Design Thinking for Today’s Business
Today’s organizations face multifaceted problems that are part of increasingly complex business models. Continued expansion of global transactions, supported by partnerships that can span large ecosystems, create both unique opportunities and unique challenges for businesses.
These challenges demand multidimensional solutions and require going beyond basic applications of current products and services. This is where design thinking comes into play. By applying this framework, organizations can not only address everyday business problems and challenges but also gain a competitive edge. In order to stay relevant, companies must innovate without disruption to drive growth and profitability. As Tim Brown, CEO of the Palo Alto-based design and innovation firm IDEO, puts it in a Forbes.com interview, “Design thinking is all about upgrading within constraints.”
In its simplest form, design thinking is a process, applicable to all walks of life, of creating new and innovative ideas and solving problems; it is not limited to a specific industry or area of expertise. It can be as effective in technology or education as it may be in services or manufacturing. It could result in new products and services for customers or improved processes and productivity gains for internal operations. If applied with equal fervor, it could transform HR, finance, marketing, or operations teams, turning them into lean and agile profit centers.
The award-winning documentary Design & Thinking explores this idea and provides perspectives by well-known subject matter experts in this space. The Hasso-Plattner-Institute (HPI) at the University of Potsdam School of Design Thinking, in Germany, and the Hasso-Plattner-Institute of Design at Stanford University in California are the two leading educational institutions in academia.
Developed by David Kelley, the founder of IDEO –a global design firm and a leader in this space– design thinking is defined as “a human-centered approach to innovation that draws from the designer’s toolkit to integrate the needs of people, the possibilities of technology, and the requirements for business success.” Thus, the method focuses on the three main elements of a product or solution: people, technology, and business, all of which evolve around the customer.
Recommended for YouWebcast: 4 Steps to Creating a Marketing Content Plan
The customer drives the current and future state of any business. Products and services, whether they are delivered to internal customers or external ones, must create intrinsic value and address specific business needs. This cannot be done unless the customer is an integral part of the entire product life cycle, not an afterthought.
It is accepted that businesses, projects, or teams that lack customer focus are bound to fail. Design thinking focuses the spotlight even more on the customer, making the customer the main focal point of design for any solution, and it consistently applies the values embraced by this approach, such as empathy, diversity, and ambiguity, as well as recognizing the importance of multidisciplinary teams. Many of these principles reflect ideas that stem from well-known principles and/or best practices, but what design thinking does, in essence, is incorporate them into a coherent and repeatable process.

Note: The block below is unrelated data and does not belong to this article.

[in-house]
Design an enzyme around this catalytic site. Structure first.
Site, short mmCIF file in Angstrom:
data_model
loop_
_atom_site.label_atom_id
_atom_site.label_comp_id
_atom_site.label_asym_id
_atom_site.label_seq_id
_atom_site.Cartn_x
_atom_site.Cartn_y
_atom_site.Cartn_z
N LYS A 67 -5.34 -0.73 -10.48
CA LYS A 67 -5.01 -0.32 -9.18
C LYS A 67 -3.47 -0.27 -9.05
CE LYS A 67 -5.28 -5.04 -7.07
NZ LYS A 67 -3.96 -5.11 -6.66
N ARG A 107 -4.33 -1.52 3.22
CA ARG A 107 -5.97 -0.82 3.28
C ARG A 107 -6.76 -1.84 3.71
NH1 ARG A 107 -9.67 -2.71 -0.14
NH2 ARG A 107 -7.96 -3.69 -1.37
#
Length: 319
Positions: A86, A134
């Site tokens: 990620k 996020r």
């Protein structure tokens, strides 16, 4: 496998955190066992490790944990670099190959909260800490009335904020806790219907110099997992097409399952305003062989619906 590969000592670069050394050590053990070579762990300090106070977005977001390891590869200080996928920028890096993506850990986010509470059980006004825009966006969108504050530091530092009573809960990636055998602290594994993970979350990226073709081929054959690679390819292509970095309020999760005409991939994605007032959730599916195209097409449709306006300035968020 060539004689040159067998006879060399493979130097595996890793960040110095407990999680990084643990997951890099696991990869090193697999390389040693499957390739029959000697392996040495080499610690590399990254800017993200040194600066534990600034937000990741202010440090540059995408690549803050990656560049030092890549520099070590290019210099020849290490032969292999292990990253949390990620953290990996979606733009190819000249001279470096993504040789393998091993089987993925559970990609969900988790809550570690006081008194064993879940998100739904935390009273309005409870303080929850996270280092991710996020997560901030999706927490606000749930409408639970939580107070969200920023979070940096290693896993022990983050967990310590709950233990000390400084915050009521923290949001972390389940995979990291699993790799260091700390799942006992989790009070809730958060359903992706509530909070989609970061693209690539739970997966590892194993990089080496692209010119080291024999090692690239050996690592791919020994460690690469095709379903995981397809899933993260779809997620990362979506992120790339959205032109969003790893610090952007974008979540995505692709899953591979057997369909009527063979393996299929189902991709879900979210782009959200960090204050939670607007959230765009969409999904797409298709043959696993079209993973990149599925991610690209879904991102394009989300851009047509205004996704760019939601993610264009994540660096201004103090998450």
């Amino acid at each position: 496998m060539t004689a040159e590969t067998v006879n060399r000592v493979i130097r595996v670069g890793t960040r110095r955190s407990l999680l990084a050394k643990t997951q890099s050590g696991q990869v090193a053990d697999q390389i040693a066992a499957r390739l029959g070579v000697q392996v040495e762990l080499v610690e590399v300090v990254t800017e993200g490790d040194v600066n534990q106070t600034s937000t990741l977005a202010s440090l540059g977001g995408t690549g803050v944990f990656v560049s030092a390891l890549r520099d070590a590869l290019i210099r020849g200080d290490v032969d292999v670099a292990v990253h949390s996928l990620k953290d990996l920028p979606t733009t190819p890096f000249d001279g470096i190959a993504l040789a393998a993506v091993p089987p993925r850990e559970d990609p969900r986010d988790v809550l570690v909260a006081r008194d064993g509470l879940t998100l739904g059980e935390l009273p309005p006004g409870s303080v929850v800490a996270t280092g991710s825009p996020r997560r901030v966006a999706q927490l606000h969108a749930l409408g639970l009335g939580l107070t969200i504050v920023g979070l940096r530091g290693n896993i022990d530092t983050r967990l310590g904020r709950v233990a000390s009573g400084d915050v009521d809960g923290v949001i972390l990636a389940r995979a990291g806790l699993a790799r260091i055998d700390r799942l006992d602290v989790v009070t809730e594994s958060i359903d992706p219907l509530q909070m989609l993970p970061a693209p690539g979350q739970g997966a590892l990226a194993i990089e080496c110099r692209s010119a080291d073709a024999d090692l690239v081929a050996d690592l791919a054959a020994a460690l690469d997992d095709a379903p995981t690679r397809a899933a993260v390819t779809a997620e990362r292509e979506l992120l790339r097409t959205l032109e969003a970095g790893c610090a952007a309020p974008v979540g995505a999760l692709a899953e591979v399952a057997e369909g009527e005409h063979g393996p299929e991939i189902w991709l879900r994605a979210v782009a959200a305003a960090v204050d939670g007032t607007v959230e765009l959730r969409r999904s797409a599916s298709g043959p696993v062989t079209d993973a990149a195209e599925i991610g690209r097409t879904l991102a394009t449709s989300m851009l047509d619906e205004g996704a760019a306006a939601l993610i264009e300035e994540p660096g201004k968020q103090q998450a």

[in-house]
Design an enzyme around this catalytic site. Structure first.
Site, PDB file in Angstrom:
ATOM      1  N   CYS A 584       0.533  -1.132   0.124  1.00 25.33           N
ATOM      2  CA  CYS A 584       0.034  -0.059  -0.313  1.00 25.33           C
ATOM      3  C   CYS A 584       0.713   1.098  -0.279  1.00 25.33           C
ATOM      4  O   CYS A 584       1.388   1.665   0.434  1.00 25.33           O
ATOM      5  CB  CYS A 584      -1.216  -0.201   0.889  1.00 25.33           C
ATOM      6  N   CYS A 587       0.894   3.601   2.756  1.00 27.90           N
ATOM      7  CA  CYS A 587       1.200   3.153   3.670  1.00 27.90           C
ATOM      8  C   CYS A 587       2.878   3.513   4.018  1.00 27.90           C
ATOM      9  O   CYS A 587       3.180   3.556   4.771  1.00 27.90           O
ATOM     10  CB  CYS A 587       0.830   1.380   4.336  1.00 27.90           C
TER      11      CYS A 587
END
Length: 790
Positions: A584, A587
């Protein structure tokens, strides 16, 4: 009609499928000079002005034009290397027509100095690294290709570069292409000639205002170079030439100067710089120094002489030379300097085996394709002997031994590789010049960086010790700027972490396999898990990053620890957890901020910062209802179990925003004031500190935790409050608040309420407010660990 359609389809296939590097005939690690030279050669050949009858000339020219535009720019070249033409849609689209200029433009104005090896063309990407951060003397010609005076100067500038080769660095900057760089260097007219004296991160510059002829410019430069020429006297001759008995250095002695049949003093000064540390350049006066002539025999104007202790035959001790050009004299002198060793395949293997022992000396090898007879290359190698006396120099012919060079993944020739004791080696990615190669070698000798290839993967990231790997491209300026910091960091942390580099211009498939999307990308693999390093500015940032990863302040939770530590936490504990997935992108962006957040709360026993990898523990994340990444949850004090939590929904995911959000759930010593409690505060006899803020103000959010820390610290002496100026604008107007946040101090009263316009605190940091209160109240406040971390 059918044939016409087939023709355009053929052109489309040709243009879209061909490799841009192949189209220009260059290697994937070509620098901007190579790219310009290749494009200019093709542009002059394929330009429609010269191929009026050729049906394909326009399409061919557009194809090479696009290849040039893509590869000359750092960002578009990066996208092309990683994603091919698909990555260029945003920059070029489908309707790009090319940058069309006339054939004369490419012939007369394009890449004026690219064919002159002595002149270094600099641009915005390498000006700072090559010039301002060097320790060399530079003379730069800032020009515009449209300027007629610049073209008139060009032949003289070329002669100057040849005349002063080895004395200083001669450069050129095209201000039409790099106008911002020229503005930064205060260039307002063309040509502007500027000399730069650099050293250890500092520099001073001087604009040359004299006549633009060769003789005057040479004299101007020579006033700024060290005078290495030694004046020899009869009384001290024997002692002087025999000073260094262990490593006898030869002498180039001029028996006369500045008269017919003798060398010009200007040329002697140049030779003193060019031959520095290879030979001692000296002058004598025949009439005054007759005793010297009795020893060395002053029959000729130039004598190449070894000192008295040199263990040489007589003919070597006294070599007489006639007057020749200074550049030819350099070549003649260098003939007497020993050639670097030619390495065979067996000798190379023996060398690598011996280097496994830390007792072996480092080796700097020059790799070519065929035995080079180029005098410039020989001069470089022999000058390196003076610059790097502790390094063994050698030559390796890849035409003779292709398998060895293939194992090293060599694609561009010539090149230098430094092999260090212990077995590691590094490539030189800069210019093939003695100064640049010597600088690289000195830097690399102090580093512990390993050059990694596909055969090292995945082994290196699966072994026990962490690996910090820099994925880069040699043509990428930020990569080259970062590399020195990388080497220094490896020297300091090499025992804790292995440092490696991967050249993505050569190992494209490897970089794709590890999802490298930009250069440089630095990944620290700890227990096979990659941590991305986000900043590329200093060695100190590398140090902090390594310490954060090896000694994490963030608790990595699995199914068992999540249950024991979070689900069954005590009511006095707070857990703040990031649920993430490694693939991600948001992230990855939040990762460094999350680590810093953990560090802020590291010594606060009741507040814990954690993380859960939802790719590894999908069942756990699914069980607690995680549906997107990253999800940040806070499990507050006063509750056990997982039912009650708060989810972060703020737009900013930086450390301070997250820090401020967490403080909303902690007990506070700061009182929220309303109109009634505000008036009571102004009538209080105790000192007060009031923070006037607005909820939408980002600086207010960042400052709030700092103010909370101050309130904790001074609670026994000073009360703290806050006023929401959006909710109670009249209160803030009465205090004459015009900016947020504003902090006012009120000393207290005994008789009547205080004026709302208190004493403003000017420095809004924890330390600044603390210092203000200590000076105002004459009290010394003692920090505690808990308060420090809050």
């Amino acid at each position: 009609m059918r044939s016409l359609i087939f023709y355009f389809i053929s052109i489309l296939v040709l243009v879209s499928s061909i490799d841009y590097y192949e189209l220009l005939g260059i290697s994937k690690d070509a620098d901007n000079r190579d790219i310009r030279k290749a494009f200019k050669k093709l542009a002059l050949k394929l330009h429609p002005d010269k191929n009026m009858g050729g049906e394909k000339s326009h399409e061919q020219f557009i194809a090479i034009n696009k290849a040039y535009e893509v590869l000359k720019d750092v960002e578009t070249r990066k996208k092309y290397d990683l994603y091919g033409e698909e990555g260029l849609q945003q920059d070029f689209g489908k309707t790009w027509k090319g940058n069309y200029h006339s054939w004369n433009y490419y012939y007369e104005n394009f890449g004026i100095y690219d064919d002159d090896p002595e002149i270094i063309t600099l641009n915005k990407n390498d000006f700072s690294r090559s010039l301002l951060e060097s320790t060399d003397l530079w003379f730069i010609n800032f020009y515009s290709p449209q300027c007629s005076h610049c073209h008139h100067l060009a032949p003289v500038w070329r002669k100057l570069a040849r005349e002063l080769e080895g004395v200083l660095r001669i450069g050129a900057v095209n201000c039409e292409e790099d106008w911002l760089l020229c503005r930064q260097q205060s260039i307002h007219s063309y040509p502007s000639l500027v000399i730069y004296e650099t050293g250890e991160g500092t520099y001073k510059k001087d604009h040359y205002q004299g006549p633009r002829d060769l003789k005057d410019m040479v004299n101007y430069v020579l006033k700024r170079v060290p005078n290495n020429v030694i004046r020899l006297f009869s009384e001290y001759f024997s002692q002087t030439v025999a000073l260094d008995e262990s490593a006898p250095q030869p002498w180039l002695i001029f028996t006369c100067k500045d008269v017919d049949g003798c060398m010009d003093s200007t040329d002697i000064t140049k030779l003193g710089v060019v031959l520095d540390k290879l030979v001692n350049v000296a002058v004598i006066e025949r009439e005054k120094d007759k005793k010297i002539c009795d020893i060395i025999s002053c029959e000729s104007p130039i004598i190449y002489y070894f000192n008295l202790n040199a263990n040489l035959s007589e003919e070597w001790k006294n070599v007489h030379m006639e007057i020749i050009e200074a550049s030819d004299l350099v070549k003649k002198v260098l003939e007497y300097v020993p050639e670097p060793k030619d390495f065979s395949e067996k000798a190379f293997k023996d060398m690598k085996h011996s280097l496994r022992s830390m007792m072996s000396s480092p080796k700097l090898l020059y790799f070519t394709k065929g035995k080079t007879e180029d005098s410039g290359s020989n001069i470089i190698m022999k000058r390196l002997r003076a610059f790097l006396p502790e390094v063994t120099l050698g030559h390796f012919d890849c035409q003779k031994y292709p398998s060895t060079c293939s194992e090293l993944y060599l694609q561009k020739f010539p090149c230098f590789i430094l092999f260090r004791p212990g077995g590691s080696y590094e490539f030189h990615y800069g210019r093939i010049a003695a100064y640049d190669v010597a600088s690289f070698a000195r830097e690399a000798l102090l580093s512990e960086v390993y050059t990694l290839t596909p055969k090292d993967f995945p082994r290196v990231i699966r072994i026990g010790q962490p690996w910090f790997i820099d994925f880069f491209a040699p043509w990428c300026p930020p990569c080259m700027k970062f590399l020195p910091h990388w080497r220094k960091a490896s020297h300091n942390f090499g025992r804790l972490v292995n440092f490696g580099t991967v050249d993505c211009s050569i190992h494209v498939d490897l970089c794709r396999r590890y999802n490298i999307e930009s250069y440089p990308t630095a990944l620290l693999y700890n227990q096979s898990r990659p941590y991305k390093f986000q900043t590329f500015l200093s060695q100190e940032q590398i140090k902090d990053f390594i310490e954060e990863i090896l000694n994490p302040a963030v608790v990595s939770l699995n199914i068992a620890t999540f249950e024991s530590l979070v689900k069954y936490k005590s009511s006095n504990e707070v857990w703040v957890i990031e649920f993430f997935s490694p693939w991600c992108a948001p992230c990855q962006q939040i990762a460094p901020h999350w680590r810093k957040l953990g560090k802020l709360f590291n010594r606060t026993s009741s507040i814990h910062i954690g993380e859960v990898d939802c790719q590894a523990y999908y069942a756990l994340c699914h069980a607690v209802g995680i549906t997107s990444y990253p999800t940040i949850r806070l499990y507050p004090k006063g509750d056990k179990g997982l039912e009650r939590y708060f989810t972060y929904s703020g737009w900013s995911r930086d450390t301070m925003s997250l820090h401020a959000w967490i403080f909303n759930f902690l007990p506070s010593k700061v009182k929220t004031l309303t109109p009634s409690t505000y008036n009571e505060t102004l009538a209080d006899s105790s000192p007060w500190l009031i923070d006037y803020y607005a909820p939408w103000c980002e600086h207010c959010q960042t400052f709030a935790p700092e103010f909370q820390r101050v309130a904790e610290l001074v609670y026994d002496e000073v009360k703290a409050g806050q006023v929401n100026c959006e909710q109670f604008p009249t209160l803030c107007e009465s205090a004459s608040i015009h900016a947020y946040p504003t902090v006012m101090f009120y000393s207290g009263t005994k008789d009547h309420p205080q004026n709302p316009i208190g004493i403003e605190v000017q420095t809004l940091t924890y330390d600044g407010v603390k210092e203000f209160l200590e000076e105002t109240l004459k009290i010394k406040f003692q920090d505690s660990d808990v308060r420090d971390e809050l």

Here are my interpretations of some of these principles. You can find others listed here.
- Success comes from designing integrated solutions where each part completes the system in whole, not designing fragmented pieces that make up a stack.
- By getting closer to current or potential users, we have a chance to design from inside.
- Empathy opens up the nerve endings so we can feel what it is like to be in another’s shoes – a prerequisite for customer-centric products and solutions.
- By bringing multidisciplinary teams together at the table, we leverage the power of collective expertise.
- Embracing ambiguity opens the door for human ingenuity so we can chase opportunities for new ideas we would otherwise miss.
- Promoting the philosophy of “fail early and often” is the key to harnessing the power of rapid prototypes and delivering proof of concepts that resonate with and encourage feedback from actual users and customers.
This last one is the closest to my heart because it often reminds me of two famous quotes (available in several variations on the Web). First, there is Edison’s quote about failure and inventing the light bulb: “I have not failed, not once. I’ve discovered ten thousand ways that don’t work.” Then there is Frank Lloyd Wright’s insight “You can use an eraser on the drafting table or a sledgehammer on the construction site.”
To me, design thinking is a framework for ingenuity that can generate excitement for new ideas that leads to solutions to address unmet needs. Just as business intelligence can be the enabler for faster, better-informed decisions, design thinking can be the driver for better-designed solutions for products and services. I always argue that passion is the fire that ignites engagement by inspiring what is possible. In the context of business and technology, ideas create the demand for technology that can translate into solutions to drive growth and profitability.
What is your interpretation of design thinking?